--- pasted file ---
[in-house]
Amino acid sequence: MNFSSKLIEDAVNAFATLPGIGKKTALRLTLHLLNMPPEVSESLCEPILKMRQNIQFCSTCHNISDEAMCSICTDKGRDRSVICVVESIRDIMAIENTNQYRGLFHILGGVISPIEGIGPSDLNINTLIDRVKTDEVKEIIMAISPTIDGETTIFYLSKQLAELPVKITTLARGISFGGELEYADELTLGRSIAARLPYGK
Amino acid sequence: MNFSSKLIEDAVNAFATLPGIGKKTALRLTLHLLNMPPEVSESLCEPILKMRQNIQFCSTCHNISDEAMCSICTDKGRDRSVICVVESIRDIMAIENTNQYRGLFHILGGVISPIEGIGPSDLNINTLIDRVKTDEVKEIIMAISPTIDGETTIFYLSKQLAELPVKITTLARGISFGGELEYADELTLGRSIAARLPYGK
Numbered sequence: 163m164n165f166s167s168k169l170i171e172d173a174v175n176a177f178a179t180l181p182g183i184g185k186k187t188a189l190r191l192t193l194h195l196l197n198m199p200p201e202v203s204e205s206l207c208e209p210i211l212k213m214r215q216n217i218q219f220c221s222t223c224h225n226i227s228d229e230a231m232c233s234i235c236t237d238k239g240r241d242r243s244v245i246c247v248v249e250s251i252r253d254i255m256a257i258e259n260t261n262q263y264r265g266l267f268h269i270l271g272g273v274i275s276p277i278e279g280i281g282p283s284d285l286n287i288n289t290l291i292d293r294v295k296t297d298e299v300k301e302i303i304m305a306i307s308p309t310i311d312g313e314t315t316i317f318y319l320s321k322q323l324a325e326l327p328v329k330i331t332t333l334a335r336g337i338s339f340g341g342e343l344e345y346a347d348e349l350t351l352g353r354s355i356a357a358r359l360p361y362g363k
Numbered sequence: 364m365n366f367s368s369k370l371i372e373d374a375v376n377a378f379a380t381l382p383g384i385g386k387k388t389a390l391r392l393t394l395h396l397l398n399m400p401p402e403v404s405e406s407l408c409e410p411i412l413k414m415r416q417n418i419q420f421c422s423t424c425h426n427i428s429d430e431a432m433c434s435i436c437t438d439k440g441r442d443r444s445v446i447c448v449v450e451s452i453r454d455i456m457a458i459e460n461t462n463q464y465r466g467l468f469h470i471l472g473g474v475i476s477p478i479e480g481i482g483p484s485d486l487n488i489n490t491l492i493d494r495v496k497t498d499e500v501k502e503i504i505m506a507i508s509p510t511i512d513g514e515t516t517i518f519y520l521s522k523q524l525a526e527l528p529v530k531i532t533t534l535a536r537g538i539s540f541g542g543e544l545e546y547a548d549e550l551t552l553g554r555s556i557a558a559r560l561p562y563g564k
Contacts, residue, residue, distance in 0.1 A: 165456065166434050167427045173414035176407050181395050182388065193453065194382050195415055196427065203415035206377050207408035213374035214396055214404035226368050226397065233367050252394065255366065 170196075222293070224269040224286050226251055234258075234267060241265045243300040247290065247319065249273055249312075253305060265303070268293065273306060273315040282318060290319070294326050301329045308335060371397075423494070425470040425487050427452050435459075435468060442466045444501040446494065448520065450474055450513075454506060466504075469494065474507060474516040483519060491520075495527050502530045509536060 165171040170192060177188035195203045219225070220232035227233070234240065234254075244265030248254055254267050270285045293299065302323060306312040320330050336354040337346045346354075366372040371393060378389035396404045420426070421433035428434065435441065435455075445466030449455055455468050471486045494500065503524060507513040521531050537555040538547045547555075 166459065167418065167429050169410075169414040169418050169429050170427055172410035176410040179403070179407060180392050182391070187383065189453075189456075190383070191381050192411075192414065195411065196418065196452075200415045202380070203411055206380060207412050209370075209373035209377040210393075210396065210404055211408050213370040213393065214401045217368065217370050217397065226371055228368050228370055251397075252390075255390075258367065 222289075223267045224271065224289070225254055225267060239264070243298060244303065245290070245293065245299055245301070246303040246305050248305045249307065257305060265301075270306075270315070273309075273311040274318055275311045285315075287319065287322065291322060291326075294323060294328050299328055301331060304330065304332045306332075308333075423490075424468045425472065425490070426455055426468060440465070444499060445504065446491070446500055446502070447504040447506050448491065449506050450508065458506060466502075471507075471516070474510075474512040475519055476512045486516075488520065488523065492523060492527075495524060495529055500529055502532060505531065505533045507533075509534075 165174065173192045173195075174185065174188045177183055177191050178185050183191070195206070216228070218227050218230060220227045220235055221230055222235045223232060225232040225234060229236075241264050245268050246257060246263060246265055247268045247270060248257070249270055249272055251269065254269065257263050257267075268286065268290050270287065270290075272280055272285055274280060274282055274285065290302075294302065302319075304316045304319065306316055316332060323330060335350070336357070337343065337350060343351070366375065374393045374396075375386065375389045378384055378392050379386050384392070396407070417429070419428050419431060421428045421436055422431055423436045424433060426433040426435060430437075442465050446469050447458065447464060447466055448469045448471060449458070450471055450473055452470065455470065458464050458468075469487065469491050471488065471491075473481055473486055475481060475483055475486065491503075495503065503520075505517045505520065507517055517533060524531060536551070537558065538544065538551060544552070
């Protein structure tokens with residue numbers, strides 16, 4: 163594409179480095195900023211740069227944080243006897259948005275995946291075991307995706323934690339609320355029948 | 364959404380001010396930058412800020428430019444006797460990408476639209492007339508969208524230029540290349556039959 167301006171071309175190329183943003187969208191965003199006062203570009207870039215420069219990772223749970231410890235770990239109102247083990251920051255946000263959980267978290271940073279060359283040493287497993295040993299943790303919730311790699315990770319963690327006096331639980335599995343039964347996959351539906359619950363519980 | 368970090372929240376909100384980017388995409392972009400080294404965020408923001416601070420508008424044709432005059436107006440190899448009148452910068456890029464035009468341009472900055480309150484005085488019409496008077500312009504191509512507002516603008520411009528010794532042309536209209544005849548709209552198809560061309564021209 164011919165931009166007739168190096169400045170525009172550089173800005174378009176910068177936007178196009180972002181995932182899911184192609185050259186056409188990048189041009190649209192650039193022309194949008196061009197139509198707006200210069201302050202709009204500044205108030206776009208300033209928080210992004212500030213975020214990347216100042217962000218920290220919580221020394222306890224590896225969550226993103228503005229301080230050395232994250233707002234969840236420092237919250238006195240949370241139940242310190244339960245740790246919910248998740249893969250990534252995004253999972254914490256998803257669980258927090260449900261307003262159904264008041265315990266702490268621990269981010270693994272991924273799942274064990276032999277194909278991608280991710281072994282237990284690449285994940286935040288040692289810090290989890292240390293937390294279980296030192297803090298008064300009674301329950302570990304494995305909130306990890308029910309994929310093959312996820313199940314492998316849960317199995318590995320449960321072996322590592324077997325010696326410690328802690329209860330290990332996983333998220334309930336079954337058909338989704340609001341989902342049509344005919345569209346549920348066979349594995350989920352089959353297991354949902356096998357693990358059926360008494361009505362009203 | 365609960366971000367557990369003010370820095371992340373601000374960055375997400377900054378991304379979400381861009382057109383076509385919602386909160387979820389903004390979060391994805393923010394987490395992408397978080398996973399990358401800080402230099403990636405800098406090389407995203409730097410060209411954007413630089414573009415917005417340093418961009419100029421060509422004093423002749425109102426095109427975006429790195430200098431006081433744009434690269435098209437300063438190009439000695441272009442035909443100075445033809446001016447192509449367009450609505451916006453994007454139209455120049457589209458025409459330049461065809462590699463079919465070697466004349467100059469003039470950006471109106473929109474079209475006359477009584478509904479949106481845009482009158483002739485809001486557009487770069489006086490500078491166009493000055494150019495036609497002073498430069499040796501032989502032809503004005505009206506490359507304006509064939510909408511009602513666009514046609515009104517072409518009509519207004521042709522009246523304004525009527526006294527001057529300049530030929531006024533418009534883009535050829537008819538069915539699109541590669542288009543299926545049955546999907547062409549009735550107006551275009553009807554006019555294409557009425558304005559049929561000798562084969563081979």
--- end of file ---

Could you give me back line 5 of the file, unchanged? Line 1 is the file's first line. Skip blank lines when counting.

Numbered sequence: 364m365n366f367s368s369k370l371i372e373d374a375v376n377a378f379a380t381l382p383g384i385g386k387k388t389a390l391r392l393t394l395h396l397l398n399m400p401p402e403v404s405e406s407l408c409e410p411i412l413k414m415r416q417n418i419q420f421c422s423t424c425h426n427i428s429d430e431a432m433c434s435i436c437t438d439k440g441r442d443r444s445v446i447c448v449v450e451s452i453r454d455i456m457a458i459e460n461t462n463q464y465r466g467l468f469h470i471l472g473g474v475i476s477p478i479e480g481i482g483p484s485d486l487n488i489n490t491l492i493d494r495v496k497t498d499e500v501k502e503i504i505m506a507i508s509p510t511i512d513g514e515t516t517i518f519y520l521s522k523q524l525a526e527l528p529v530k531i532t533t534l535a536r537g538i539s540f541g542g543e544l545e546y547a548d549e550l551t552l553g554r555s556i557a558a559r560l561p562y563g564k